If you’re looking for the leading anti-environmental organization in California politics, it’s not hard to find: it’s the California Chamber of Commerce. Like its counterpart at the national level (subject of this outstanding Washington Monthly profile), the state chamber is a reliable water carrier for the interests of the ideological right wing. It provides political cover for the insurance, agribusiness, oil and gas, banking, and other financial services interests, claiming to be helping most businesses while actually assisting a reactionary political agenda. For example, it fiercely opposes AB 52, Assemblymember Mike Feuer’s proposal to institute rate regulation for health insurers, which could conceivably save small businesses millions in insurance costs, but it didn’t even bother to support AB 710, the Infill Builders’ proposal to limit excessive parking regulations. Essentially, the California Chamber provides a similar service to the US Chamber: when unpopular businesses don’t want to take the lead in opposing legislation, they get the Chamber to proclaim it a “job-killer” in exchange for the membership fee.
This should come as little surprise if you take a look at the Chamber’s Board of Directors: its players are a collection of bankers, agribusiness (including Jim Boswell, the state’s largest landowner), oil and gas companies, corporate lawyers (looking to drum up business), Peet’s Coffee, insurance companies, privately-owned utilities…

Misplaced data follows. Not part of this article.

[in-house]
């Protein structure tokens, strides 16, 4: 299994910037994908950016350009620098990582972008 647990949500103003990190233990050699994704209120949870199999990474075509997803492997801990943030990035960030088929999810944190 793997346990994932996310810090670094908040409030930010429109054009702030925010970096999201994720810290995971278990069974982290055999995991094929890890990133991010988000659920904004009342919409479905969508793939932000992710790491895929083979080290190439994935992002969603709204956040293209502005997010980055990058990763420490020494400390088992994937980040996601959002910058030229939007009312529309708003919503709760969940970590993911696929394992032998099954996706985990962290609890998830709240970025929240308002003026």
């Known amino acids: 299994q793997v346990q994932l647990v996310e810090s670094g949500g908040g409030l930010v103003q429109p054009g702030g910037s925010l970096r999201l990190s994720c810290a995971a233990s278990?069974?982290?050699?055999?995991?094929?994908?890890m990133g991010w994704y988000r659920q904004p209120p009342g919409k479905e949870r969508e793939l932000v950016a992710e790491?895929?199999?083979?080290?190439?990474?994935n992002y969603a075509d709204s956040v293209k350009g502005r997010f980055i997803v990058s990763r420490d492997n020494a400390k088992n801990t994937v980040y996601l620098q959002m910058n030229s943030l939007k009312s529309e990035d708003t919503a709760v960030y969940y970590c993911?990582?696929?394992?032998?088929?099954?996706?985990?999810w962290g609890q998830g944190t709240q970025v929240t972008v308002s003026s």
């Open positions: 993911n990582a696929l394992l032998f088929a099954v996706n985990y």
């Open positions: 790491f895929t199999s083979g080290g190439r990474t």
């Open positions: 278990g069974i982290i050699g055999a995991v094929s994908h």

Peet’s Coffee? What in the world is it doing on the board?
Look: it certainly makes sense for any business to try to network with other business, but the California Chamber isn’t a networking opportunity, like the countless local chambers across the state (the vast majority of which have much more centrist politics). And neither Starbuck’s, nor Coffee Bean, nor any of the other chains are on the board.
Peet’s has an image of a local, artisan, neighborhood coffee shop with hints of progressive politics, although the vast majority of its lines are neither organic nor fair trade. (If you want those, I’d suggest Weaver’s Coffee, which is both). And now it is in bed with the most reactionary political force in the state. It should provide an explanation, or expect citizens of this very blue state to look elsewhere for their morning caffeine fix.